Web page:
The questionable food labels

A few months ago, I saw a TV commercial for a food product claiming it was “made with real ingredients”. I thought about what this meant. Arsenic is real, and so is mercury, formaldehyde, even dog poop is real. So if I baked chocolate chip cookies and threw in some arsenic, mercury and/or dog poop would I be able to label it “made with real ingredients”? I then imagined what would not be considered a “real ingredient”, and came up with only a few things like pixie dust and elbow grease.

The purpose of that advertisement, or rather the claim “made with real ingredients”, was to suggest something authentic, wholesome or even natural in the food product being advertised. But if one deconstructs its meaning, we’re left with pretty much anything tangible. This is where the success of advertising lies: making claims that will leave the recipient of the message believing in something that may not necessarily exist.

Then there are claims like “natural”. Again, arsenic, mercury, and even lead could also be considered “natural” since they occur naturally in our environment. According to the Canadian Food Inspection Agency’s Guide to Food Labelling and Advertising, “[a]dvertisements should not convey the impression that ‘Nature’ has, by some miraculous process, made some foods nutritionally superior to others or has engineered some foods specially to take care of human needs. Some consumers may consider foods described as ‘natural’ of greater worth than foods not so described.”

So what can’t be labelled as “natural”? According to CFIA: “[f]oods or ingredients of foods submitted to processes that have significantly altered their original physical, chemical or biological state should not be described as ‘natural’. This includes such changes as the removal of caffeine.” To read more on this, click here.

There are tons of food products that make claims like “made with real ingredients”, “contains real fruit” or “natural”. I recently noticed a container of Becel margarine with the label “Becel® with Bertolli Olive Oil”. Wow! Margarine made with olive oil!!! I then read the ingredient list which can be found here:

Canola 66%, olive oil 8%, water, modified palm and palm kernel oils 6%, salt 1.8%, whey powder 1.4%, soy lecithin 0.2%, vegetable monoglycerides, potassium sorbate, vegetable colour, artificial flavour, citric acid, vitamin A palmitate, vitamin D3, alpha-tocopherol acetate (vitamin E).

The first ingredient is canola oil (66%) followed by olive oil (8%). However, the main claim being made (from my perspective as a consumer) is that the margarine is made with olive oil, hence the name “Becel Olive Oil”. Even the packaging is different. Instead of Becel’s yellow container, the Becel Olive Oil margarine comes in a green container, which to me, is meant to be associated with olive oil.

Despite the name “Becel Olive Oil” and the slightly nuanced packaging, the margarine contains only 8% olive oil. Why not call it “Becel Canola Oil” since there is more than 8 times canola oil than olive oil? Is it because olive oil is generally perceived as healthier cooking oil?  However, the success of the label is dependent on how well it convinces the reader that this is indeed a product that contains a substantial amount of olive oil, convincing enough to purchase the margarine (if you don’t really read the label).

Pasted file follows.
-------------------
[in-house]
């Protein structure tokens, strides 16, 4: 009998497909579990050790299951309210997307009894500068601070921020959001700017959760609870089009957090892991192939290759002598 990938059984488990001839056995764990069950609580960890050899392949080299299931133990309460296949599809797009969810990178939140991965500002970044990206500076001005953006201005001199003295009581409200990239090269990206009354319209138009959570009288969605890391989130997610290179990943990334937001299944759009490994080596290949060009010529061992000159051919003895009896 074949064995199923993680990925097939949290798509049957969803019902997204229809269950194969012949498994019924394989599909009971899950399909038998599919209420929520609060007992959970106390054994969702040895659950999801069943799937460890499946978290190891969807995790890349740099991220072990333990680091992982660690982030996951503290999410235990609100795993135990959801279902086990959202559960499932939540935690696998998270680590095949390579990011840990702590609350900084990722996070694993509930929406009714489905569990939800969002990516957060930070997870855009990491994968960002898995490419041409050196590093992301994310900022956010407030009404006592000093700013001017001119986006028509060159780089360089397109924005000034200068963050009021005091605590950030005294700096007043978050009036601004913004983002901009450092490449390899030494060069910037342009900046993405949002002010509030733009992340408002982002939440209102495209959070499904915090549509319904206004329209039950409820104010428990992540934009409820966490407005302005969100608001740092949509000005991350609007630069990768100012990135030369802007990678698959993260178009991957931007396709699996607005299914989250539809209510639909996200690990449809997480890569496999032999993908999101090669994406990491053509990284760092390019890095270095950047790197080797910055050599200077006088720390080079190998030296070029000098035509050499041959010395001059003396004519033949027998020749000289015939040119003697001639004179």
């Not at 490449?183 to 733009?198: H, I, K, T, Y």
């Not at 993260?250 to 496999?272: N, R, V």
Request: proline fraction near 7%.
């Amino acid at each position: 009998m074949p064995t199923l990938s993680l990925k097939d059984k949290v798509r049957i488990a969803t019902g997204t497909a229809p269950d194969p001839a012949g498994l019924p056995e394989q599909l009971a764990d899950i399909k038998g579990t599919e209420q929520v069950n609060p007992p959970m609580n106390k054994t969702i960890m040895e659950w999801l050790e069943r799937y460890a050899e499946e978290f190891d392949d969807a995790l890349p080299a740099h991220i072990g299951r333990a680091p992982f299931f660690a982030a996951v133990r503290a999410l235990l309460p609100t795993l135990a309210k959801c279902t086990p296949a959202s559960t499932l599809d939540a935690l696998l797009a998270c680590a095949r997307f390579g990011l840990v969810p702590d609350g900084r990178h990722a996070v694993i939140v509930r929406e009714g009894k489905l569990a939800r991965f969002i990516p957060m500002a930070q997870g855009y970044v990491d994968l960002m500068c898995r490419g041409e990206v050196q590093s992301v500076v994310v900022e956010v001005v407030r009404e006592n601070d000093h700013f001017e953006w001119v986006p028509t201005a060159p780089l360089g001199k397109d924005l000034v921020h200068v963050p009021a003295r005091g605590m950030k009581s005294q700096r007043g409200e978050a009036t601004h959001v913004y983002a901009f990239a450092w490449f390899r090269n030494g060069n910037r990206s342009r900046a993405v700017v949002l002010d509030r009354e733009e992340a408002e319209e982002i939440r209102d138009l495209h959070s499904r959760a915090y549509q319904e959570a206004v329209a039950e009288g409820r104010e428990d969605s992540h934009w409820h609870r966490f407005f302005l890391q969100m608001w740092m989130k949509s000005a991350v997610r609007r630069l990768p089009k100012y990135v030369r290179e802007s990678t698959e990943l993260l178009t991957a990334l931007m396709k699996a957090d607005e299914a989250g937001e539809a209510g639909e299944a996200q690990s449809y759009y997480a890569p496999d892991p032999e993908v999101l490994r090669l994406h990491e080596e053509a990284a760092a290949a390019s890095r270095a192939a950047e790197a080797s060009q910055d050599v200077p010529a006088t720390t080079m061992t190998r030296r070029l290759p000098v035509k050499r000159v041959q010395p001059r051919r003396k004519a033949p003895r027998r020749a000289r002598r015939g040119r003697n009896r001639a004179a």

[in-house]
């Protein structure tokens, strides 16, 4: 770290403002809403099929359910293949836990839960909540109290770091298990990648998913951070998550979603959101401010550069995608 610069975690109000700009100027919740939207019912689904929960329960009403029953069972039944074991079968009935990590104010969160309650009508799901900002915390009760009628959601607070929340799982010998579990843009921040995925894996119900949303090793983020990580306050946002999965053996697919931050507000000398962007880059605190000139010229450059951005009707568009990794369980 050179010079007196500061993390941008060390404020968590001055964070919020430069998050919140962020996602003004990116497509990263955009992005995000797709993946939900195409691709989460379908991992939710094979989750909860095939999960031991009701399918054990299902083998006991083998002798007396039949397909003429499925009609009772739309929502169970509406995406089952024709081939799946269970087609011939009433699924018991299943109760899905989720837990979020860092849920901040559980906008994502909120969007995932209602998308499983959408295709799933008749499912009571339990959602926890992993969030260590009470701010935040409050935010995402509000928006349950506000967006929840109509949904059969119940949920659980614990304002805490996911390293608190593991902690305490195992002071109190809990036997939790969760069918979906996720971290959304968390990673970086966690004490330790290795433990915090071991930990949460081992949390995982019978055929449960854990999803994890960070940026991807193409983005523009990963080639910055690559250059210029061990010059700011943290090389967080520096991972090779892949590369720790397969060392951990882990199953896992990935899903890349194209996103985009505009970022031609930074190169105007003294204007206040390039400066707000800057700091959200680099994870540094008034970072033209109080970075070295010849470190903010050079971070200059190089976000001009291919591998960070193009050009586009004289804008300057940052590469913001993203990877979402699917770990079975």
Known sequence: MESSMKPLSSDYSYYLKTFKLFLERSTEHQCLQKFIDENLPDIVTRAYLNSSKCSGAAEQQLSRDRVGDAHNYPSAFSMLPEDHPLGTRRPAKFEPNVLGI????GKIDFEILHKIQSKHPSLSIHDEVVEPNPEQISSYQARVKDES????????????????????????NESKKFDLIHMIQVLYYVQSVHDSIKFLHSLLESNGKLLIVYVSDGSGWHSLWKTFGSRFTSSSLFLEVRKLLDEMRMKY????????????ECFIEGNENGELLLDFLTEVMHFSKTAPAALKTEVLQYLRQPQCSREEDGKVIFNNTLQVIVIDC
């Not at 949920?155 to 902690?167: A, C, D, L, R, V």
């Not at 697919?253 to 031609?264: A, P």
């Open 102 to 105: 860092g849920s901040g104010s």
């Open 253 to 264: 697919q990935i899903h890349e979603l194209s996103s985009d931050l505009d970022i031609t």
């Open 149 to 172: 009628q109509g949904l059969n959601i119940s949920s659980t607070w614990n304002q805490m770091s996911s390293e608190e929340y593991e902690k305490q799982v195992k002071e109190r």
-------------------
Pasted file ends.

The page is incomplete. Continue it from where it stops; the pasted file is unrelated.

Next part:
Food labels can be misleading and it takes a very scrutinizing eye to identify truth from fiction. A few steps I use when buying packaged products are:

  1. Always read the labels. The front of the packaging, the back, the large print, the small print because the devil really is in the details.
  2. Always read the ingredient list to see the main ingredients. According to CFIA’s Guide to Food Labelling and Advertising: “[i]n general, ingredients must be listed in descending order of proportion by weight, as determined before they are combined to make the food. The exceptions are spices, seasonings and herbs (except salt), natural and artificial flavours, flavour enhancers, food additives, and vitamin and mineral nutrients and their derivatives or salts, which may be shown at the end of the ingredient list in any order.”
  3. Always read the nutritional information. Even though a product may only contain one ingredient it can contain a significant amount of other questionable ingredients. I recently purchased coconut flour with only one listed ingredient on the package: “organic coconut flour”. However, 2 Tbsp of this flour contains 30mg of sodium, and according to Health Canada, the adequate intake of daily sodium for adults 14-50 years is 1500 mg/day. One cup of coconut flour contains 250mg of sodium. Why does coconut flour have to have this much sodium? Is it naturally occurring sodium?
  4. I always, always question what I read. I never assume that because something is “healthy” or “natural” that it is accurately labelled. I find this especially true with non-dairy products such as almond milks (but more about this later).

Food should be simple and conveying information about what a food product contains should be honest and accurate. Reading labels and being informed are first steps in making sure we have access to truly healthy and nutritious foods.

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